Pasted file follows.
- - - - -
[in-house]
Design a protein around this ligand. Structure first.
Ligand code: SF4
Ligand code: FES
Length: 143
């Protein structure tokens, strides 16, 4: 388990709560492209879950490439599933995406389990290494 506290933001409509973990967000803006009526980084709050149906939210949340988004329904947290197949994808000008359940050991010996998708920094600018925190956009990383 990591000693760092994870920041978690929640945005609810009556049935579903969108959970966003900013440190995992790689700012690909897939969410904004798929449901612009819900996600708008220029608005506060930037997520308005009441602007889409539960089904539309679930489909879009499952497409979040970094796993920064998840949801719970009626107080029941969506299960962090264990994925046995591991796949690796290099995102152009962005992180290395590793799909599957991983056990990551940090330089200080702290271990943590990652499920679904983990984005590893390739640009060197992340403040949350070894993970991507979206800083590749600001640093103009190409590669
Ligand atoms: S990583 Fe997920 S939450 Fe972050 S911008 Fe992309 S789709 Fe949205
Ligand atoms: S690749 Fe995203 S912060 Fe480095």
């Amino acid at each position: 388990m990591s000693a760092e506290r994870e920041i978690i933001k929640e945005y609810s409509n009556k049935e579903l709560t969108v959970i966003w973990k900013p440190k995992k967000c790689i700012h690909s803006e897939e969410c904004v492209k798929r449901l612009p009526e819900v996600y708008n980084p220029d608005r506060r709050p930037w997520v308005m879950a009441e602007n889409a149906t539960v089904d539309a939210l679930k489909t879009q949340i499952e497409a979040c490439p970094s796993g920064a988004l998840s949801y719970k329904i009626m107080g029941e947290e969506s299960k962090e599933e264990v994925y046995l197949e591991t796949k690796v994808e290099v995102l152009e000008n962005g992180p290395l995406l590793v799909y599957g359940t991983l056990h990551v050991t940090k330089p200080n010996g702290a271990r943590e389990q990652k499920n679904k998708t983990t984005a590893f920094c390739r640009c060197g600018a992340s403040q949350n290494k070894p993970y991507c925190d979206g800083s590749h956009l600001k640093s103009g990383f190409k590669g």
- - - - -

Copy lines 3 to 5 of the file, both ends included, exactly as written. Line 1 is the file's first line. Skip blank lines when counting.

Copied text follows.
Ligand code: SF4
Ligand code: FES
Length: 143